It’s birthday cake plus cheese and pineapple on sticks all round this issue as Descent 266 celebrates 50 years in print. And it’s a visually stunning issue to mark the special anniversary.
Caving hut clubs and student bedrooms are likely to be decorated with the gorgeous double-sided poster that’s the free gift with this issue – one side is Gaping Gill’s main chamber, and the other Xe Bang Fai River Cave in Laos. And the printing is climate-neutral, thanks to financial support going to a Brazilian forest project.
Equally breathtaking is the ten-page photo feature of the caves below the Guadalupe Mountains that stretch across south-eastern New Mexico and west Texas.
As ever, three pages of Newsdesk provides a whistle-stop tour of underground news from around the world, starting with a quick run-down of Descent’s own history. Chris Howes and Judith Calford have been editing the magazine since 1988! To celebrate the anniversary, there’s a new website design that combines good looks with functionality. Take a look!
White Nose Syndrome continues to devastate the bat population in the States, with stringent decontamination measures being imposed on cavers and their gear. Fortunately, this has been found to have minimal adverse impact on kit. Chemicals are a problem at Fantastic Caverns in Missouri where leakage from a now-closed industrial park is slowly seeping towards the caves, 5km away, and measures to prevent problems for the showcave are proving costly.
The Kendal Mountain Festival proved another hit with cavers. The underground session featured caver and cave diver Christine Grosart taking about her diving project in Croatia, followed by Imogen Furlong on her experiences caving in south-east Asia, then Jason Mallinson gave an insider’s account of the Thai cave rescue. Sadly, rescue wasn’t possible for 15 men in a recent coal mining disaster in Meghalaya, where only five miners escaped as water flooded out of a breach in a mineshaft wall.
News from around the region starts in the Peak. The BCRC’s first medical training weekend proved popular, and there’s rumours of great potential in P8’s Christmas Aven. On a sad note, the caving world bids farewell to David Jackson and Gordon Parkin. In the north, if you fancy owning a cave, High Birkwith is for sale and there is as yet no news on the question of future access. But in better news, an agreement has been reached with the Langcliffe Hall Estate regarding caves on their land. There’s been a fair bit of activity in the Forest of Dean, with digging in Green Moss Pot and a dye-tracing project in Slaughter Stream Cave. The archaeology at Fishmonger’s Swallet in Gloucestershire has been captured on film again with Clive Anderson and Mark Horton presenting, although of the two, only Mark was gung-ho enough to tackle the cave again. There’s also news of the Gloucester Speleological Society’s dig in High Wood.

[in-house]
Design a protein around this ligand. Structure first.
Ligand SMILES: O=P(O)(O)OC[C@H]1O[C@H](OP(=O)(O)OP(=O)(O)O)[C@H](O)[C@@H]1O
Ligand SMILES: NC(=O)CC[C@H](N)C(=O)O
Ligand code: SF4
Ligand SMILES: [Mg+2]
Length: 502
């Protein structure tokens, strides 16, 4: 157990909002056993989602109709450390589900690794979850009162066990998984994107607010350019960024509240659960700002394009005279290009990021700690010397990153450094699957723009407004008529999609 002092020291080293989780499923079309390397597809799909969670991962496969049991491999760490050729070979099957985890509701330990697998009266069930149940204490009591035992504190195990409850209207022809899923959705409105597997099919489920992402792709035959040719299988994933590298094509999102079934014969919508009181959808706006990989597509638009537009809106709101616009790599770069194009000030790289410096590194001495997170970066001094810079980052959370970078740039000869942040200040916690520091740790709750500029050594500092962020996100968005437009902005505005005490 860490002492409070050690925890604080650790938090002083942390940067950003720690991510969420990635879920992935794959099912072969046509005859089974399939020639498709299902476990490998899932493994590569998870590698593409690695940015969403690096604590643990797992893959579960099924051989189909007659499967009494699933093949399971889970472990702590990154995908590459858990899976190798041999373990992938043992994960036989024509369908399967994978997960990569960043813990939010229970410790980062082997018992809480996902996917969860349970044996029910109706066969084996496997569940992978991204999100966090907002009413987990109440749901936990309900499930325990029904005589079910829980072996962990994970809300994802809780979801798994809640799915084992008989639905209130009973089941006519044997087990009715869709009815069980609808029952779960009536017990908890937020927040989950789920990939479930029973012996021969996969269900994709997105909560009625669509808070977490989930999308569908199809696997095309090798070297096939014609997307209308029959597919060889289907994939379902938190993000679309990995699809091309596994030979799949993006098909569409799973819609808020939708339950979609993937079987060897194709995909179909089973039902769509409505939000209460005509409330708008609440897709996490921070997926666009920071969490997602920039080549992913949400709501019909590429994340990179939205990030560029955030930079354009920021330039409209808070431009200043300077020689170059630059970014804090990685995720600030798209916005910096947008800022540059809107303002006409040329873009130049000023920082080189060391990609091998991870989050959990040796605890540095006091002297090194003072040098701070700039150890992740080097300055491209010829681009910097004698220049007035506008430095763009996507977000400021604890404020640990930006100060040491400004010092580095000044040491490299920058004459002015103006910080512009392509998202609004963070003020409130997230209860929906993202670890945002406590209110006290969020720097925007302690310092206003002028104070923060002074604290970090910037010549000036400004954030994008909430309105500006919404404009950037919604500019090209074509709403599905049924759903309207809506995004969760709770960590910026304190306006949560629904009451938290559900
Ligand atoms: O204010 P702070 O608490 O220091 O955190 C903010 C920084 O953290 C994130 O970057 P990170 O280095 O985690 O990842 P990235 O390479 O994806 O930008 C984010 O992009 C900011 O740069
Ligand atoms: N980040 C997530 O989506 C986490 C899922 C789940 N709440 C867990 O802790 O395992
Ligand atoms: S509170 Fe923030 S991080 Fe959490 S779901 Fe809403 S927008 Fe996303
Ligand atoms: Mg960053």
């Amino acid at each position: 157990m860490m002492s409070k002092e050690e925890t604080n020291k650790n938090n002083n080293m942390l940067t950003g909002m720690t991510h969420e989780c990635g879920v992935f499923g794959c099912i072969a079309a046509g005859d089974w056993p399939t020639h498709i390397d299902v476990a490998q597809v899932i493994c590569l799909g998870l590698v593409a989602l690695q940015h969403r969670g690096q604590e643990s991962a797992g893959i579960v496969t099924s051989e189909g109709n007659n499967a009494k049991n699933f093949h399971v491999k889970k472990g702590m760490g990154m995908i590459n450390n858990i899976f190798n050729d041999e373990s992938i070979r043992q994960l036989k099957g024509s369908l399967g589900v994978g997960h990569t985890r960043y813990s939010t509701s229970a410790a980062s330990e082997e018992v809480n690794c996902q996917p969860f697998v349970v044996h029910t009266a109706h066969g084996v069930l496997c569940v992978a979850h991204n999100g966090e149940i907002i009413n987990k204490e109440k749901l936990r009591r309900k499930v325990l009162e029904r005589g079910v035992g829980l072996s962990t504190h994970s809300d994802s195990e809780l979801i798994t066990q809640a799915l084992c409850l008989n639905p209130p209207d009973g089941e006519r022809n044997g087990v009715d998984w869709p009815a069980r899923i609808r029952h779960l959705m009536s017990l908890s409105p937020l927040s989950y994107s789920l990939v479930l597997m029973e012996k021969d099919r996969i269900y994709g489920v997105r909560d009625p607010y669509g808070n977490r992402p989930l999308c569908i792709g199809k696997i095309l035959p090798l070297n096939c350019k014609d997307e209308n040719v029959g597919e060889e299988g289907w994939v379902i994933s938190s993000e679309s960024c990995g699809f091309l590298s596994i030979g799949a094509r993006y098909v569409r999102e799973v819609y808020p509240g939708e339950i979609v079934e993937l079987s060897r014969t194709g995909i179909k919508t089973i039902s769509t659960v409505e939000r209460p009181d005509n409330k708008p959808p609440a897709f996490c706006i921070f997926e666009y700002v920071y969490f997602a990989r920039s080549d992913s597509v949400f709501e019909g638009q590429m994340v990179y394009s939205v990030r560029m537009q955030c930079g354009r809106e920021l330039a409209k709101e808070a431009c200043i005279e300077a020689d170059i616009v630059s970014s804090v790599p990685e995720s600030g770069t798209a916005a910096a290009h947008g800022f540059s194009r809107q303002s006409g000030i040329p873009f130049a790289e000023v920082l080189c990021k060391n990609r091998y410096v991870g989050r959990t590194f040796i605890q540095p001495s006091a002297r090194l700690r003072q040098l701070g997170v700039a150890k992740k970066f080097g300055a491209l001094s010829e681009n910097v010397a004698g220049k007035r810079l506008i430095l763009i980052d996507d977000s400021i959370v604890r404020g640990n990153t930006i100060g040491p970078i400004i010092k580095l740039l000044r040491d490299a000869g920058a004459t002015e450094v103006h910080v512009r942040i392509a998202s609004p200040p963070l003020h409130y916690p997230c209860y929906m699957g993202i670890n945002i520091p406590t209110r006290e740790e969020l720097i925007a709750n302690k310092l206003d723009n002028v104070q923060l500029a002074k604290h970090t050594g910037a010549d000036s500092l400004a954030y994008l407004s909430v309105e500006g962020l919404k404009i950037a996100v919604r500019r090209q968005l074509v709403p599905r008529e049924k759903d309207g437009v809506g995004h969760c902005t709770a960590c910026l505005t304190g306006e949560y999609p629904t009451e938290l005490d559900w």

On Mendip, the JRat Digging Award was taken north again, with another win for Scotland’s in Uamh nan Clachan Dubhan, and creditable mentions for Mendip’s Halloween Rift and Vurley Swallet. An accumulator table gives the total cave length found by digging in the two regions for the ten years between 2008 and 2018. In the south west, cavers have been enthusiastically burrowing underground in one of Britain’s lesser known caving regions on Portland. Over in Wales there’s news from Shakespeare’s Cave, as well as access information concerning the walking route to OFD 1 and some concerns regarding future access to Dan yr Ogof due to the apparent restarting of an illegal dig on the hillside above the cave.
Across the Irish Sea, another hugely popular SUICRO Symposium was held in Lisdoonvara in Co Clare, featuring a talk by Thai cave rescuer Jim Warny. In Crossmolina, Co Mayo, Dave Drew has been undertaking some work as part of a flood relief project. Back up in Scotland, Clachan Dubh features, as does an addition to the CNCC website which now incorporates many Scottish caves, thanks to Goon’s efforts.
A double-page spread looks back over the history of Descent, showcasing how far it’s come visually as well as in content, as well as looking at some early speleological magazines. Five pages are devoted to the search for Wadiland in the Dachstein, with surveys and excellent photos. Closer to home, there have been extensions to Mendip’s aptly-named Sludge Pit with a description and survey of the new passage.
The British Cave Rescue Council continues to produce statistics on underground rescues and the ones for 2016 are presented, with a brief run-down of each one. The Thai cave rescuers recently received accolades in the New Year’s honours list and there’s a round-up of the latest news following their heroic efforts.
The front cover is a stunning shot taken in the enormous Cottonwood Cave in New Mexico by Chris Howes and in the Descent Showcase on the back cover there’s another shot of some amazing formations from Cottonwood, this time by Philippe Crochet.
Every issue of Descent amply demonstrates the dedication of the editorial team to bringing together all the latest caving news and stories from around the world, and this one in particular is a testament to the skills employed by Chris and Judith in bringing a high-quality magazine to print throughout the year. Descent is produced by cavers for cavers and is excellent value for money. Copies may be obtained from Wildplaces Publishing. If you’re not already subscribing, head over to the website and sign up, and if you are already a reader, check that your subs are up to date!